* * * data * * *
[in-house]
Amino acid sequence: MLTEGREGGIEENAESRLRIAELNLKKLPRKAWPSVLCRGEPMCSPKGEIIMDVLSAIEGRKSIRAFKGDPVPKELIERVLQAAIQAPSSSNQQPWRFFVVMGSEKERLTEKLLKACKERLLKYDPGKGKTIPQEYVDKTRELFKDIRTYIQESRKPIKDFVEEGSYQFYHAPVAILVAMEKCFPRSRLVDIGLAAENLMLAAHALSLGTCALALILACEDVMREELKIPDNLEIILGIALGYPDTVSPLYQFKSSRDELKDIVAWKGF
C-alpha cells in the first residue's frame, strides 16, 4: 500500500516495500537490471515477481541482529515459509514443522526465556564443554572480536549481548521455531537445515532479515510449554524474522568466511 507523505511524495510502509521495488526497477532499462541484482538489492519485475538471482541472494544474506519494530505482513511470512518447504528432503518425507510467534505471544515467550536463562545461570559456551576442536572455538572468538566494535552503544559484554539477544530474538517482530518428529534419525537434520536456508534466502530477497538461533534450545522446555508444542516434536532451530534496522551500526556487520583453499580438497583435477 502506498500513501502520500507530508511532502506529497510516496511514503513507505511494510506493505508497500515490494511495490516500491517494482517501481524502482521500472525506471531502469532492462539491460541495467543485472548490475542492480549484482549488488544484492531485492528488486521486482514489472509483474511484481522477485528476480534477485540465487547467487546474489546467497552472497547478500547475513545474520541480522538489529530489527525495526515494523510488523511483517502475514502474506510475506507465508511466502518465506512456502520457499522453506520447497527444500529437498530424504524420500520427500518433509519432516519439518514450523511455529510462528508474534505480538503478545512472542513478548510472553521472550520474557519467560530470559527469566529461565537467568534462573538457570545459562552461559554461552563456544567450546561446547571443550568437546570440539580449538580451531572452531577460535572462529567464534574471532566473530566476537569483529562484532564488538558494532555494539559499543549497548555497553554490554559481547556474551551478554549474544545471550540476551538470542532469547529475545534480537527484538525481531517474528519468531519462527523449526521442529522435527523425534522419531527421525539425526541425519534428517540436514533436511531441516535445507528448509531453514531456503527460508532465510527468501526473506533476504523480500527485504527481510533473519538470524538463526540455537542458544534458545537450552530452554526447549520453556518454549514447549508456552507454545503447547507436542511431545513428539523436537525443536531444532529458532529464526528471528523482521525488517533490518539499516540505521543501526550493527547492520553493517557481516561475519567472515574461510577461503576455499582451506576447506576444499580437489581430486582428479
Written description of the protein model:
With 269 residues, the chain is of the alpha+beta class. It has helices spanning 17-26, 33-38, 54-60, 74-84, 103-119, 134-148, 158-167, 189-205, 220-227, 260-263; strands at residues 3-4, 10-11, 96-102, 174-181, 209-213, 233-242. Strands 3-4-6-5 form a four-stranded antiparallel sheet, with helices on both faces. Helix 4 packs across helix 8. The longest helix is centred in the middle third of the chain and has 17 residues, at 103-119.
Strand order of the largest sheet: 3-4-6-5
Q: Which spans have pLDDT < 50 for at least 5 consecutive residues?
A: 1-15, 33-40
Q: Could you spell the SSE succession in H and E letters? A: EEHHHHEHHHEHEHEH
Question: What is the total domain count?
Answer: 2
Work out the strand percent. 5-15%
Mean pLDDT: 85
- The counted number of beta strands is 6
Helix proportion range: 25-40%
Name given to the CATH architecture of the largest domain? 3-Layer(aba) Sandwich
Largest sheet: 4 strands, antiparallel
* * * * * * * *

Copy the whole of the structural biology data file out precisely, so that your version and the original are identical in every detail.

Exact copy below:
[in-house]
Amino acid sequence: MLTEGREGGIEENAESRLRIAELNLKKLPRKAWPSVLCRGEPMCSPKGEIIMDVLSAIEGRKSIRAFKGDPVPKELIERVLQAAIQAPSSSNQQPWRFFVVMGSEKERLTEKLLKACKERLLKYDPGKGKTIPQEYVDKTRELFKDIRTYIQESRKPIKDFVEEGSYQFYHAPVAILVAMEKCFPRSRLVDIGLAAENLMLAAHALSLGTCALALILACEDVMREELKIPDNLEIILGIALGYPDTVSPLYQFKSSRDELKDIVAWKGF
C-alpha cells in the first residue's frame, strides 16, 4: 500500500516495500537490471515477481541482529515459509514443522526465556564443554572480536549481548521455531537445515532479515510449554524474522568466511 507523505511524495510502509521495488526497477532499462541484482538489492519485475538471482541472494544474506519494530505482513511470512518447504528432503518425507510467534505471544515467550536463562545461570559456551576442536572455538572468538566494535552503544559484554539477544530474538517482530518428529534419525537434520536456508534466502530477497538461533534450545522446555508444542516434536532451530534496522551500526556487520583453499580438497583435477 502506498500513501502520500507530508511532502506529497510516496511514503513507505511494510506493505508497500515490494511495490516500491517494482517501481524502482521500472525506471531502469532492462539491460541495467543485472548490475542492480549484482549488488544484492531485492528488486521486482514489472509483474511484481522477485528476480534477485540465487547467487546474489546467497552472497547478500547475513545474520541480522538489529530489527525495526515494523510488523511483517502475514502474506510475506507465508511466502518465506512456502520457499522453506520447497527444500529437498530424504524420500520427500518433509519432516519439518514450523511455529510462528508474534505480538503478545512472542513478548510472553521472550520474557519467560530470559527469566529461565537467568534462573538457570545459562552461559554461552563456544567450546561446547571443550568437546570440539580449538580451531572452531577460535572462529567464534574471532566473530566476537569483529562484532564488538558494532555494539559499543549497548555497553554490554559481547556474551551478554549474544545471550540476551538470542532469547529475545534480537527484538525481531517474528519468531519462527523449526521442529522435527523425534522419531527421525539425526541425519534428517540436514533436511531441516535445507528448509531453514531456503527460508532465510527468501526473506533476504523480500527485504527481510533473519538470524538463526540455537542458544534458545537450552530452554526447549520453556518454549514447549508456552507454545503447547507436542511431545513428539523436537525443536531444532529458532529464526528471528523482521525488517533490518539499516540505521543501526550493527547492520553493517557481516561475519567472515574461510577461503576455499582451506576447506576444499580437489581430486582428479
Written description of the protein model:
With 269 residues, the chain is of the alpha+beta class. It has helices spanning 17-26, 33-38, 54-60, 74-84, 103-119, 134-148, 158-167, 189-205, 220-227, 260-263; strands at residues 3-4, 10-11, 96-102, 174-181, 209-213, 233-242. Strands 3-4-6-5 form a four-stranded antiparallel sheet, with helices on both faces. Helix 4 packs across helix 8. The longest helix is centred in the middle third of the chain and has 17 residues, at 103-119.
Strand order of the largest sheet: 3-4-6-5
Q: Which spans have pLDDT < 50 for at least 5 consecutive residues?
A: 1-15, 33-40
Q: Could you spell the SSE succession in H and E letters? A: EEHHHHEHHHEHEHEH
Question: What is the total domain count?
Answer: 2
Work out the strand percent. 5-15%
Mean pLDDT: 85
- The counted number of beta strands is 6
Helix proportion range: 25-40%
Name given to the CATH architecture of the largest domain? 3-Layer(aba) Sandwich
Largest sheet: 4 strands, antiparallel